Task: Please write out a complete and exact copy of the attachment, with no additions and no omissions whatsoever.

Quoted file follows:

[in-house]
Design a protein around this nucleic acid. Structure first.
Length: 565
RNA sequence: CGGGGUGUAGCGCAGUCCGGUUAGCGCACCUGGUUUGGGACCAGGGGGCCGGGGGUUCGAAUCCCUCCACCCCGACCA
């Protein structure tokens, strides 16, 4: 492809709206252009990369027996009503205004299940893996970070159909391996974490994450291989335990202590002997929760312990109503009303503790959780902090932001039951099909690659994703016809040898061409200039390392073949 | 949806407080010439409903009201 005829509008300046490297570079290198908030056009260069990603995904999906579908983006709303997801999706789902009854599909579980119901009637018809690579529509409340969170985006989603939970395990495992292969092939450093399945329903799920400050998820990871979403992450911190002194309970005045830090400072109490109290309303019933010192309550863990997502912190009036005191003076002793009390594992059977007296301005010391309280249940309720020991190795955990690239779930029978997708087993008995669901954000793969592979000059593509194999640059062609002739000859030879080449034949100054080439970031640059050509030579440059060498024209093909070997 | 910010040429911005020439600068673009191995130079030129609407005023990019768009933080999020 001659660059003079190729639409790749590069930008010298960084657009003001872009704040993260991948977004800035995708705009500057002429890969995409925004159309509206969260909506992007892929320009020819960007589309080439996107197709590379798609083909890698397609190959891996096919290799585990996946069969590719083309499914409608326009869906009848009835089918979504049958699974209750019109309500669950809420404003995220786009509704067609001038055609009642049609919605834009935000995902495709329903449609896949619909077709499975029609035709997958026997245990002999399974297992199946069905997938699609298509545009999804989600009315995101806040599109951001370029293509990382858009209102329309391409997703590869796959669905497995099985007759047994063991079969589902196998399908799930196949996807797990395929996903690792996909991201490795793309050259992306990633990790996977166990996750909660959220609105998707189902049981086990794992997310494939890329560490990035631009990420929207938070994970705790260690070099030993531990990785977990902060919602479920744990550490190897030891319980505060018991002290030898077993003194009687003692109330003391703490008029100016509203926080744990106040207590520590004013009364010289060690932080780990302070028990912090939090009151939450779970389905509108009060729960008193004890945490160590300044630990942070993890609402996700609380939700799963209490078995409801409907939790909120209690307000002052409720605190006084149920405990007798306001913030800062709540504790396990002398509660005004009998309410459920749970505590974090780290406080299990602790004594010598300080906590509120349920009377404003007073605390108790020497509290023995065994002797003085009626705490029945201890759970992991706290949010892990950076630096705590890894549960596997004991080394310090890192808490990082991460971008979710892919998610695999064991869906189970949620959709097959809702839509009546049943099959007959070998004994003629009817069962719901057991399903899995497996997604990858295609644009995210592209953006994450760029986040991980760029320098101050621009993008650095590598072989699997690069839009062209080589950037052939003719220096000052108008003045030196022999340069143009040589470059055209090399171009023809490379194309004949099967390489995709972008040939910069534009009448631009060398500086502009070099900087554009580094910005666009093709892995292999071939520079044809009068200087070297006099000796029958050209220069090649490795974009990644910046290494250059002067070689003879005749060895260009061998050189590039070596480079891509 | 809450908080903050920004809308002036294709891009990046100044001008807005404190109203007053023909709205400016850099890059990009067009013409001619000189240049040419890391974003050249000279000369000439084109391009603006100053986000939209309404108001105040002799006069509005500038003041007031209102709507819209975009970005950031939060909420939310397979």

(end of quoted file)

[in-house]
Design a protein around this nucleic acid. Structure first.
Length: 565
RNA sequence: CGGGGUGUAGCGCAGUCCGGUUAGCGCACCUGGUUUGGGACCAGGGGGCCGGGGGUUCGAAUCCCUCCACCCCGACCA
């Protein structure tokens, strides 16, 4: 492809709206252009990369027996009503205004299940893996970070159909391996974490994450291989335990202590002997929760312990109503009303503790959780902090932001039951099909690659994703016809040898061409200039390392073949 | 949806407080010439409903009201 005829509008300046490297570079290198908030056009260069990603995904999906579908983006709303997801999706789902009854599909579980119901009637018809690579529509409340969170985006989603939970395990495992292969092939450093399945329903799920400050998820990871979403992450911190002194309970005045830090400072109490109290309303019933010192309550863990997502912190009036005191003076002793009390594992059977007296301005010391309280249940309720020991190795955990690239779930029978997708087993008995669901954000793969592979000059593509194999640059062609002739000859030879080449034949100054080439970031640059050509030579440059060498024209093909070997 | 910010040429911005020439600068673009191995130079030129609407005023990019768009933080999020 001659660059003079190729639409790749590069930008010298960084657009003001872009704040993260991948977004800035995708705009500057002429890969995409925004159309509206969260909506992007892929320009020819960007589309080439996107197709590379798609083909890698397609190959891996096919290799585990996946069969590719083309499914409608326009869906009848009835089918979504049958699974209750019109309500669950809420404003995220786009509704067609001038055609009642049609919605834009935000995902495709329903449609896949619909077709499975029609035709997958026997245990002999399974297992199946069905997938699609298509545009999804989600009315995101806040599109951001370029293509990382858009209102329309391409997703590869796959669905497995099985007759047994063991079969589902196998399908799930196949996807797990395929996903690792996909991201490795793309050259992306990633990790996977166990996750909660959220609105998707189902049981086990794992997310494939890329560490990035631009990420929207938070994970705790260690070099030993531990990785977990902060919602479920744990550490190897030891319980505060018991002290030898077993003194009687003692109330003391703490008029100016509203926080744990106040207590520590004013009364010289060690932080780990302070028990912090939090009151939450779970389905509108009060729960008193004890945490160590300044630990942070993890609402996700609380939700799963209490078995409801409907939790909120209690307000002052409720605190006084149920405990007798306001913030800062709540504790396990002398509660005004009998309410459920749970505590974090780290406080299990602790004594010598300080906590509120349920009377404003007073605390108790020497509290023995065994002797003085009626705490029945201890759970992991706290949010892990950076630096705590890894549960596997004991080394310090890192808490990082991460971008979710892919998610695999064991869906189970949620959709097959809702839509009546049943099959007959070998004994003629009817069962719901057991399903899995497996997604990858295609644009995210592209953006994450760029986040991980760029320098101050621009993008650095590598072989699997690069839009062209080589950037052939003719220096000052108008003045030196022999340069143009040589470059055209090399171009023809490379194309004949099967390489995709972008040939910069534009009448631009060398500086502009070099900087554009580094910005666009093709892995292999071939520079044809009068200087070297006099000796029958050209220069090649490795974009990644910046290494250059002067070689003879005749060895260009061998050189590039070596480079891509 | 809450908080903050920004809308002036294709891009990046100044001008807005404190109203007053023909709205400016850099890059990009067009013409001619000189240049040419890391974003050249000279000369000439084109391009603006100053986000939209309404108001105040002799006069509005500038003041007031209102709507819209975009970005950031939060909420939310397979």